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|Title: ||A Proud Legacy, A New Future: Bringing Ottawa's Growth Management Strategy Into the 21st Century|
|Authors: ||Heydorn, Christina Anita|
|Keywords: ||growth management|
|Approved Date: ||26-Sep-2007 |
|Date Submitted: ||2007 |
|Abstract: ||As Canada’s capital, the City of Ottawa has benefited from several comprehensive land use planning exercises since the early 1900s. Early plans carried out by the federal government were led by Prime Ministers who, in wanting to beautify the region, initiated long range plans that spanned both sides of the Ottawa River, providing land use goals and guidance for what are today the cities of Ottawa and Gatineau. The planning context changed through the 1970s, however. The federal government played a lesser role in land use planning as regional and area municipal governments grew and an expanding technically trained staff developed local plans. It was in the absence of a strong regional plan aimed at controlling outward expansion that there was rapid growth of low density suburban communities outside of the National Capital Commission greenbelt.
Today, planning policy in Ottawa recognizes the environmental, social, and economic benefits of compact development and encourages by, in part, directing growth to the existing built-up area. Unfortunately, residential intensification efforts in the City have been disappointing. While the City has developed a variety of policies and programs to encourage and support residential intensification, it appears site level constraints have prohibited it to occur in a significant way.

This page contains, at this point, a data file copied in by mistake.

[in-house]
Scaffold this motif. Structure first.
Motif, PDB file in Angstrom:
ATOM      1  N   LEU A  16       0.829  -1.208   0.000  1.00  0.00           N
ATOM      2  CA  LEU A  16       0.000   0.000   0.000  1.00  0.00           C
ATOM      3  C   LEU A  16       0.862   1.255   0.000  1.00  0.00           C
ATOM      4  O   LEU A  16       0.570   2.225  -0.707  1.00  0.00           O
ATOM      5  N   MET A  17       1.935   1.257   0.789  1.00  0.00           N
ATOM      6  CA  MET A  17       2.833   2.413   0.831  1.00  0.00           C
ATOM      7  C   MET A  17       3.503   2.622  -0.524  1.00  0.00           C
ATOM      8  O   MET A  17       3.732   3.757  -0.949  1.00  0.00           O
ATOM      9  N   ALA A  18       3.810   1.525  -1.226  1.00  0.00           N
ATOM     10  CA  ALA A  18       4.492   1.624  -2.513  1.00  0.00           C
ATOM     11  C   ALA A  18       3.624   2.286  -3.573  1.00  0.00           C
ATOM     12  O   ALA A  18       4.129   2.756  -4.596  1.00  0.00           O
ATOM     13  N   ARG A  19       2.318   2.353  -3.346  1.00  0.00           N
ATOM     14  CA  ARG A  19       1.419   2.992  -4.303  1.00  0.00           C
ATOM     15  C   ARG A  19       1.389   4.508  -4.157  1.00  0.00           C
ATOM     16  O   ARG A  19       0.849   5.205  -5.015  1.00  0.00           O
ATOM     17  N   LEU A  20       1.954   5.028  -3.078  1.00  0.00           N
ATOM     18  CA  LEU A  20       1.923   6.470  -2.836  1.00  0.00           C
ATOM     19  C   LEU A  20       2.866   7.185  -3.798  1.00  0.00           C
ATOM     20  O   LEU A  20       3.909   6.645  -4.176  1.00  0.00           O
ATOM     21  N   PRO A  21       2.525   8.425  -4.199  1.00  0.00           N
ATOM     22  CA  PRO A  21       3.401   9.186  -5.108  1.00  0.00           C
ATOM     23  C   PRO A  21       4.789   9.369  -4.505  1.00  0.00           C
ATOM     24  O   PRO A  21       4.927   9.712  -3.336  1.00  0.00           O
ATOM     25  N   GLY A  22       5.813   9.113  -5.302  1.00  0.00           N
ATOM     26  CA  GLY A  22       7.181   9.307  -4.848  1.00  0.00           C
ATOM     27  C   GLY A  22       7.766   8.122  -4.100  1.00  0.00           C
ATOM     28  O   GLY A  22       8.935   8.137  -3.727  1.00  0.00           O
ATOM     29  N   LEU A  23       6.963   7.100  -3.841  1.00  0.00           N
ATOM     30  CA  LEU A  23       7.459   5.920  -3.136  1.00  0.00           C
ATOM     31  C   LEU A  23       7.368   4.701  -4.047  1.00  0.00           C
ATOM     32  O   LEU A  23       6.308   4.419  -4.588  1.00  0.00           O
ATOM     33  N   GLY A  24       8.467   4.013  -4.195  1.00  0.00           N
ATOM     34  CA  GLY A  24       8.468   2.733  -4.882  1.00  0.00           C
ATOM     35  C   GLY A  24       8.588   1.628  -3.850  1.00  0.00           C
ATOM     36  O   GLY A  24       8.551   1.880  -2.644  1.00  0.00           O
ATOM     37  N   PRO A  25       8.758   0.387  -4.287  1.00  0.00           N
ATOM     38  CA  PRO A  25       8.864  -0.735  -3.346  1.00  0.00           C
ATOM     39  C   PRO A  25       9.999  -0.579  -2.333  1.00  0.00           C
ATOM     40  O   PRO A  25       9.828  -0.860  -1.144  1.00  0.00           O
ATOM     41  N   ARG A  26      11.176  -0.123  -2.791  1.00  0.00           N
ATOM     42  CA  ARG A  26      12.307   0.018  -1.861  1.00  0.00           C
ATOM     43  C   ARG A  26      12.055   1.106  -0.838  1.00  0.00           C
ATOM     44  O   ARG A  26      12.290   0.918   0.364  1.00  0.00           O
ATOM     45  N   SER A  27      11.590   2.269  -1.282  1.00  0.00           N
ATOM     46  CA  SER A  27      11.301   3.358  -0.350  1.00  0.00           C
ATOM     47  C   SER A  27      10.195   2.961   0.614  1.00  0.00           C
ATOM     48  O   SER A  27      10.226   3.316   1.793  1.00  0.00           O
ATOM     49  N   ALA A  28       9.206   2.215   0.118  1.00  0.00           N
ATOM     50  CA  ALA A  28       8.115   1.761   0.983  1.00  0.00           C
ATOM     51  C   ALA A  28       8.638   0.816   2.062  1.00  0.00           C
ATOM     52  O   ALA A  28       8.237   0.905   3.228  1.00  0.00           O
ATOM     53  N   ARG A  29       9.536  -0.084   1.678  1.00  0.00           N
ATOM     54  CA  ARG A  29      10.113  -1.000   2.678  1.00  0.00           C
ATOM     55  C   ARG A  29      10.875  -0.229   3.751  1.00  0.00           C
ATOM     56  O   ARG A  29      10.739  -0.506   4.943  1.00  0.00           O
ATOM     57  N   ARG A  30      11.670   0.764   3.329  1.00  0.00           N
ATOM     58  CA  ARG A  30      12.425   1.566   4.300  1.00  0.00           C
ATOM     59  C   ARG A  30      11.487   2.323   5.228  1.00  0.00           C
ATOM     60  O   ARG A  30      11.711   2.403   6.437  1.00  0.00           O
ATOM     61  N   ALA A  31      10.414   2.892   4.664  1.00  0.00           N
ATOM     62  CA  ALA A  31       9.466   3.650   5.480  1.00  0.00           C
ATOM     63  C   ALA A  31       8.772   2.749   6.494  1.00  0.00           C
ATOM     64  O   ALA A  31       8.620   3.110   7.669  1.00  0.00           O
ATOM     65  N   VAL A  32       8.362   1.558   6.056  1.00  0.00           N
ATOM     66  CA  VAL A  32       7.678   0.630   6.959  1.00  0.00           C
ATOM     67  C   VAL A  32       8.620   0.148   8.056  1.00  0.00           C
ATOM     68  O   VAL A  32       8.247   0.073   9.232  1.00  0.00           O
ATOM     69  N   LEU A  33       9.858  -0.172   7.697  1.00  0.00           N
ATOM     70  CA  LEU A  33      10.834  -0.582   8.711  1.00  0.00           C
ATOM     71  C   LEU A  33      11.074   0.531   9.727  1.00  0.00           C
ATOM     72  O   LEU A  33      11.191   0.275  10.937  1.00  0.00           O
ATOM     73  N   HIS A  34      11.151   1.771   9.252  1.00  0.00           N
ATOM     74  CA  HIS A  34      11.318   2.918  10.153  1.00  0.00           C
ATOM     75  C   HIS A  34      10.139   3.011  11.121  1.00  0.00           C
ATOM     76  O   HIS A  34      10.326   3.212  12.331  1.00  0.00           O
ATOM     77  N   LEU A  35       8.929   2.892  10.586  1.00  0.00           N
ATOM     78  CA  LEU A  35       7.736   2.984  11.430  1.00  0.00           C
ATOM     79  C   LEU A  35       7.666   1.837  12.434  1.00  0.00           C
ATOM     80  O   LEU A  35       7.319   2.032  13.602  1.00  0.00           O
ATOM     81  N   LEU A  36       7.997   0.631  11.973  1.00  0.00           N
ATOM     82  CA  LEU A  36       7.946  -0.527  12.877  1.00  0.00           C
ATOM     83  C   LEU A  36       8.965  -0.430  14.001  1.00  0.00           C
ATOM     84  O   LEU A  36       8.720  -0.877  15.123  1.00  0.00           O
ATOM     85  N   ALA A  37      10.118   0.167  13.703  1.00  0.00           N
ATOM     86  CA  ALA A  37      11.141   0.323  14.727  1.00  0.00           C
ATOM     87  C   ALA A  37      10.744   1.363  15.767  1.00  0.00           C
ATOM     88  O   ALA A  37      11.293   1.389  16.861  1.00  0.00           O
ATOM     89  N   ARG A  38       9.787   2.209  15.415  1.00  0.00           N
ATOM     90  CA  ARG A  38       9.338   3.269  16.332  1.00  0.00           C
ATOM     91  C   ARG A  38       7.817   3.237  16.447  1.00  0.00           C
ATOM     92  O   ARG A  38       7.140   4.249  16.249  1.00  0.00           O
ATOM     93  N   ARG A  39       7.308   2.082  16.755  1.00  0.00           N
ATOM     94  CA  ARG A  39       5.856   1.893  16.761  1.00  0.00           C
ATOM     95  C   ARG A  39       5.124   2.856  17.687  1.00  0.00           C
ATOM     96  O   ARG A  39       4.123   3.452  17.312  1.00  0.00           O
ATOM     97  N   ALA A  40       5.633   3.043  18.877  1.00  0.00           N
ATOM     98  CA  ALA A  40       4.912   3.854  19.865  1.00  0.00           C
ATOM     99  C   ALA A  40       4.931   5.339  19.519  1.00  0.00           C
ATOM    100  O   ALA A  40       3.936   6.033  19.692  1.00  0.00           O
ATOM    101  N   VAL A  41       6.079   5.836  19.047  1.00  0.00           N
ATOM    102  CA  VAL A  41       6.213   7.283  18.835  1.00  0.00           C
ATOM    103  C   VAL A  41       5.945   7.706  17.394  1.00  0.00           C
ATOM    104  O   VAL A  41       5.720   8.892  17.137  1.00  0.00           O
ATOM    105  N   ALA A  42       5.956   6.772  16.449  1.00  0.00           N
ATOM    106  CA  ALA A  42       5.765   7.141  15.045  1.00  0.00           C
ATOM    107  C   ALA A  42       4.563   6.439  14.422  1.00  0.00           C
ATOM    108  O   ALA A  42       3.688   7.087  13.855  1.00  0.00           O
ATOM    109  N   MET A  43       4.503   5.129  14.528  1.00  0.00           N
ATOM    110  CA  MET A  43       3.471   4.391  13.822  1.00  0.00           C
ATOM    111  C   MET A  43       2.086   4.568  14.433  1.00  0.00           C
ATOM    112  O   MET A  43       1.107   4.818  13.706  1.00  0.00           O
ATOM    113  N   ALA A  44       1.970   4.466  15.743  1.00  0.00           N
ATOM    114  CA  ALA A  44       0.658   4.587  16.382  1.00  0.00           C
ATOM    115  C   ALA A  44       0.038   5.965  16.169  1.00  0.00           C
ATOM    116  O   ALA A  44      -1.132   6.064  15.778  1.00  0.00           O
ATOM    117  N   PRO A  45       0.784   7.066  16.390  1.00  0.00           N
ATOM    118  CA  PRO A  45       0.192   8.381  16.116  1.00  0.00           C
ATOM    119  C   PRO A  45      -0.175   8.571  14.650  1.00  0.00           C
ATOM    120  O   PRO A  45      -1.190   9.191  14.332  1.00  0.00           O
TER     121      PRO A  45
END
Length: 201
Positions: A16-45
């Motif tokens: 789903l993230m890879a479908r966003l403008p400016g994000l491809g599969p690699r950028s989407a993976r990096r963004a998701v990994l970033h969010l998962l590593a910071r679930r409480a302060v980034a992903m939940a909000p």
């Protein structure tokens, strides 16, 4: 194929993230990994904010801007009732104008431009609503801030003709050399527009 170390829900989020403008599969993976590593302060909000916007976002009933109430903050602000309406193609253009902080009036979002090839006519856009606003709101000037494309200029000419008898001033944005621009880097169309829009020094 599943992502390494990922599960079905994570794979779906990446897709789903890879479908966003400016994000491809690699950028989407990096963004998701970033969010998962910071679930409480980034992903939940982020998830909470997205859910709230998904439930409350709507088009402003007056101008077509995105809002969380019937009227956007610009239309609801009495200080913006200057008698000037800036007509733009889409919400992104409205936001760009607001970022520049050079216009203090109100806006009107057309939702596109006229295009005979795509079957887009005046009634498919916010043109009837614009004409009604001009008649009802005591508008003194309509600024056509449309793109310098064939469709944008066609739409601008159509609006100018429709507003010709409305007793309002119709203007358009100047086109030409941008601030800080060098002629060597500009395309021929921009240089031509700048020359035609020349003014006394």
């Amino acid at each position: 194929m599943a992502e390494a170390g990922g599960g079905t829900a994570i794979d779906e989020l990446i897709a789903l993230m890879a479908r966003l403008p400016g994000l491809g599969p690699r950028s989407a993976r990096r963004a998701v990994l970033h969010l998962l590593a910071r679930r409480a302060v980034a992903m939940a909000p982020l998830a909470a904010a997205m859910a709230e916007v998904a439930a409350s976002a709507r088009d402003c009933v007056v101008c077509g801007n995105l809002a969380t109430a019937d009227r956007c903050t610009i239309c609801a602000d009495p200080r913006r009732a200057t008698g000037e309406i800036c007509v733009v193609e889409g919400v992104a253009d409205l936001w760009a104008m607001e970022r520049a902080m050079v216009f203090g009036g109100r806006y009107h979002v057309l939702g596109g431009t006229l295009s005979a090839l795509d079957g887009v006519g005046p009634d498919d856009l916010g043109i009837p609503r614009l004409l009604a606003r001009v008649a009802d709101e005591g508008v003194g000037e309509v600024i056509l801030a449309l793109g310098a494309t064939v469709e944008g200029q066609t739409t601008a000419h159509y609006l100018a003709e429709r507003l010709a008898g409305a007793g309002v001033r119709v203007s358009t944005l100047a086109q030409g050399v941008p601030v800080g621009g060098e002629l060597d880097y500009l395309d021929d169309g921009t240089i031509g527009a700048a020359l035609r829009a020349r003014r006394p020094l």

This research is concerned with identifying weaknesses in the City of Ottawa’s current growth management strategy. The purpose of this research is to provide recommendations that can be used to strengthen Ottawa’s growth management policies and programs to more effectively achieve the compact urban form desired by the municipality.
The findings demonstrate that there is some level of disconnect between what recent literature and key informant interviews identify as the barriers to residential intensification at the site level and the motherhood principles for compact development at the municipal level. More specifically, barriers can be summarized as community and political resistance, regulatory challenges, and policy vs. market realities. It is recommended that the City of Ottawa adopt a strengthened strategy that establishes achievable growth and intensification targets; encourages community support for compact development; considers growth over the longer term and with a regional perspective; and is advocated by strong leaders. Only in this way can the City create an improved strategy that will, like earlier plans, make Ottawa once again a proud leader in urban planning efforts in Canada.|
|Degree: ||Master of Arts|
|Appears in Collections:||Faculty of Environment Theses and Dissertations|
Electronic Theses and Dissertations (UW)
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